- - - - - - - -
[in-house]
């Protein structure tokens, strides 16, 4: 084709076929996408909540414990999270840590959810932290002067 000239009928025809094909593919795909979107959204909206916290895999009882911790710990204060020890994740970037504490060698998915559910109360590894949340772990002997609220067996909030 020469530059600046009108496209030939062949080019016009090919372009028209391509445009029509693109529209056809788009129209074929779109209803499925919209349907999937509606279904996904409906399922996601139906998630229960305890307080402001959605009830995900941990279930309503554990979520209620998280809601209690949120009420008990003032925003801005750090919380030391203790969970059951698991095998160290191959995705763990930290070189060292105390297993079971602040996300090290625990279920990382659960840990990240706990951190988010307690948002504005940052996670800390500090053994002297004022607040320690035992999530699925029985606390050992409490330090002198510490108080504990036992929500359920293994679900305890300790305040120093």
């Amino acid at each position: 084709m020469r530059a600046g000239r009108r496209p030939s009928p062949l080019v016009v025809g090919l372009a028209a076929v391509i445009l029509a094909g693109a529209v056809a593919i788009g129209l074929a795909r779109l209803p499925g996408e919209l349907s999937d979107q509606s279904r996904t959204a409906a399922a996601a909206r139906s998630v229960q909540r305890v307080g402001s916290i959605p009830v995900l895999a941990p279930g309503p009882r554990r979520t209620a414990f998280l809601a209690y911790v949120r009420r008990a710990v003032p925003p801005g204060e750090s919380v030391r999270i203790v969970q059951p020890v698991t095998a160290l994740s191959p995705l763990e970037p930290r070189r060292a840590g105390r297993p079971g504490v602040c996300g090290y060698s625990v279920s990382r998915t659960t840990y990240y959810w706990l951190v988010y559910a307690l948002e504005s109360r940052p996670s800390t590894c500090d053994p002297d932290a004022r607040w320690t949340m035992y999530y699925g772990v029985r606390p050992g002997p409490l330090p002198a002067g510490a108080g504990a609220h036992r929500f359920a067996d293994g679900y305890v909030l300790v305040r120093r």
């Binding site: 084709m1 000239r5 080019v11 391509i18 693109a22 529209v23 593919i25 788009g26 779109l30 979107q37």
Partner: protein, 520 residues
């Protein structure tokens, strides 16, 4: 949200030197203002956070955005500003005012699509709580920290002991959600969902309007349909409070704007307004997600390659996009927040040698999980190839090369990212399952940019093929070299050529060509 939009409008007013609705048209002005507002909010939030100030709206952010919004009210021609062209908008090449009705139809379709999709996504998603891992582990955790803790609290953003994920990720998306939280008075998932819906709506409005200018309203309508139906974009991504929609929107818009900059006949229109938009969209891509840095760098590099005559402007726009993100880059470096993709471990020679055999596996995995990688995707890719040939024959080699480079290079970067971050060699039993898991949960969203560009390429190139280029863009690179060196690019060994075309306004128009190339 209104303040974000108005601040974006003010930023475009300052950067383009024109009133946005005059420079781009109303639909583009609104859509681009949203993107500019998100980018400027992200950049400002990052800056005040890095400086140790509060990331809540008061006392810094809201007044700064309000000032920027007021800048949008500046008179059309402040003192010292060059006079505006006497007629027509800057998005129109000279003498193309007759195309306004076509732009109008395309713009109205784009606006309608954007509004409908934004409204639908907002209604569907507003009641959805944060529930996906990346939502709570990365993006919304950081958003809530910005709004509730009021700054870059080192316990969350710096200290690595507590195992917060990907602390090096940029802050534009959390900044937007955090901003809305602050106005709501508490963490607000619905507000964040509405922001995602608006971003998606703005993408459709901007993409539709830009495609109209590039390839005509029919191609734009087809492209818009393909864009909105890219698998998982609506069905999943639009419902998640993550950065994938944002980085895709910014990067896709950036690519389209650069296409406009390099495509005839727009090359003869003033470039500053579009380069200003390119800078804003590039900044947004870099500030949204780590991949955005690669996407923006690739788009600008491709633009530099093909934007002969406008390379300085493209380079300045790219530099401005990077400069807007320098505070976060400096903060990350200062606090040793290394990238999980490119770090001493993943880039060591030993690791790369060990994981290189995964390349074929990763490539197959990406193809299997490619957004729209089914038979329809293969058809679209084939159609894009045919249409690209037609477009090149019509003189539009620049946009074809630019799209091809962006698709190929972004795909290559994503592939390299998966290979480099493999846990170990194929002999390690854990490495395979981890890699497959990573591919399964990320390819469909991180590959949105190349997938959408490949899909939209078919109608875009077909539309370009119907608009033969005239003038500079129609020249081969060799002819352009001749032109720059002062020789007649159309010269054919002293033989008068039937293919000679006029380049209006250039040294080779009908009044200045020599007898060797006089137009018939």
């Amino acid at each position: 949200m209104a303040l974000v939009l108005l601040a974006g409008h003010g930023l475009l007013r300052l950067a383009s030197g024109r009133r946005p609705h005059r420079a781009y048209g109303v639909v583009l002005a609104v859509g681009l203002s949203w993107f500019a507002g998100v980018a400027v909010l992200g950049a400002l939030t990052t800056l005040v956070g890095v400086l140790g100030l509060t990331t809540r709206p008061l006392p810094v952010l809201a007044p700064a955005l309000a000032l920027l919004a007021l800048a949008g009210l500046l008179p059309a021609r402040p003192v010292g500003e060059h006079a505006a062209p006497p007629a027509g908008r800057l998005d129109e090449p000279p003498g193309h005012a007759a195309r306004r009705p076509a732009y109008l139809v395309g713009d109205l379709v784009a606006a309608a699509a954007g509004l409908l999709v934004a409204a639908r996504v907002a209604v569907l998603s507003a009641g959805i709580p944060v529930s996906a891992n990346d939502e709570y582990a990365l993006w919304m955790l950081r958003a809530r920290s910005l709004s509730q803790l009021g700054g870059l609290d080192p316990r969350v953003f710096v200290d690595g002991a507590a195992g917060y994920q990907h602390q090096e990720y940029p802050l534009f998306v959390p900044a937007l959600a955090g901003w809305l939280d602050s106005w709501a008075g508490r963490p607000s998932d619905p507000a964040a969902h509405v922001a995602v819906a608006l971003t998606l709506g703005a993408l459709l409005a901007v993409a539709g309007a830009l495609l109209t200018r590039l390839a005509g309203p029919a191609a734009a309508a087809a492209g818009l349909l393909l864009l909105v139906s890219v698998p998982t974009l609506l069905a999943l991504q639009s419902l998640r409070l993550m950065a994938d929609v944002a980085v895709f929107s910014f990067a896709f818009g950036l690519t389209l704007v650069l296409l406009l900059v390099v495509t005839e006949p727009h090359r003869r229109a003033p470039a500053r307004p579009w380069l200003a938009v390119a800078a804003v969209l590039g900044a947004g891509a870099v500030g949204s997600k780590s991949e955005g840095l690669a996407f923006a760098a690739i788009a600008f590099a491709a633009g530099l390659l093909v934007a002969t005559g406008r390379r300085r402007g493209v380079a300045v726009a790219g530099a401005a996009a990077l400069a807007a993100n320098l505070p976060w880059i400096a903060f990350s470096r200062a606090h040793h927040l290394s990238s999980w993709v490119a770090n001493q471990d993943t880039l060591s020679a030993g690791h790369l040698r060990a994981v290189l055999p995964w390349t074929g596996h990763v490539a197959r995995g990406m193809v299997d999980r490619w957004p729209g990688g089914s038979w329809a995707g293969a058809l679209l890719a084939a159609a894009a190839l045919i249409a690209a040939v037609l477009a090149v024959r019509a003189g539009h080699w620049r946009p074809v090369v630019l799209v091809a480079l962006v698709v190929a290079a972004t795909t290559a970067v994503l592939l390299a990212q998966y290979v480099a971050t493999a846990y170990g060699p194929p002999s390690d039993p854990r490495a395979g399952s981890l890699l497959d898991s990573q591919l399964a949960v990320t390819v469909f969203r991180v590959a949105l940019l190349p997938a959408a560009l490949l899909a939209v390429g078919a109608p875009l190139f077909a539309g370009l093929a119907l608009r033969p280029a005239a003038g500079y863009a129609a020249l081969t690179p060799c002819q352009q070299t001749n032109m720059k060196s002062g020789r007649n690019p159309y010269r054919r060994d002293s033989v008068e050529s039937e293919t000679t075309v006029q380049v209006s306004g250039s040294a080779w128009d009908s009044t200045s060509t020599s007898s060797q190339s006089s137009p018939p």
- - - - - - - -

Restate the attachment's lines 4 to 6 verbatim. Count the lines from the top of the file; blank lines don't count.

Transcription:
């Binding site: 084709m1 000239r5 080019v11 391509i18 693109a22 529209v23 593919i25 788009g26 779109l30 979107q37």
Partner: protein, 520 residues
């Protein structure tokens, strides 16, 4: 949200030197203002956070955005500003005012699509709580920290002991959600969902309007349909409070704007307004997600390659996009927040040698999980190839090369990212399952940019093929070299050529060509 939009409008007013609705048209002005507002909010939030100030709206952010919004009210021609062209908008090449009705139809379709999709996504998603891992582990955790803790609290953003994920990720998306939280008075998932819906709506409005200018309203309508139906974009991504929609929107818009900059006949229109938009969209891509840095760098590099005559402007726009993100880059470096993709471990020679055999596996995995990688995707890719040939024959080699480079290079970067971050060699039993898991949960969203560009390429190139280029863009690179060196690019060994075309306004128009190339 209104303040974000108005601040974006003010930023475009300052950067383009024109009133946005005059420079781009109303639909583009609104859509681009949203993107500019998100980018400027992200950049400002990052800056005040890095400086140790509060990331809540008061006392810094809201007044700064309000000032920027007021800048949008500046008179059309402040003192010292060059006079505006006497007629027509800057998005129109000279003498193309007759195309306004076509732009109008395309713009109205784009606006309608954007509004409908934004409204639908907002209604569907507003009641959805944060529930996906990346939502709570990365993006919304950081958003809530910005709004509730009021700054870059080192316990969350710096200290690595507590195992917060990907602390090096940029802050534009959390900044937007955090901003809305602050106005709501508490963490607000619905507000964040509405922001995602608006971003998606703005993408459709901007993409539709830009495609109209590039390839005509029919191609734009087809492209818009393909864009909105890219698998998982609506069905999943639009419902998640993550950065994938944002980085895709910014990067896709950036690519389209650069296409406009390099495509005839727009090359003869003033470039500053579009380069200003390119800078804003590039900044947004870099500030949204780590991949955005690669996407923006690739788009600008491709633009530099093909934007002969406008390379300085493209380079300045790219530099401005990077400069807007320098505070976060400096903060990350200062606090040793290394990238999980490119770090001493993943880039060591030993690791790369060990994981290189995964390349074929990763490539197959990406193809299997490619957004729209089914038979329809293969058809679209084939159609894009045919249409690209037609477009090149019509003189539009620049946009074809630019799209091809962006698709190929972004795909290559994503592939390299998966290979480099493999846990170990194929002999390690854990490495395979981890890699497959990573591919399964990320390819469909991180590959949105190349997938959408490949899909939209078919109608875009077909539309370009119907608009033969005239003038500079129609020249081969060799002819352009001749032109720059002062020789007649159309010269054919002293033989008068039937293919000679006029380049209006250039040294080779009908009044200045020599007898060797006089137009018939």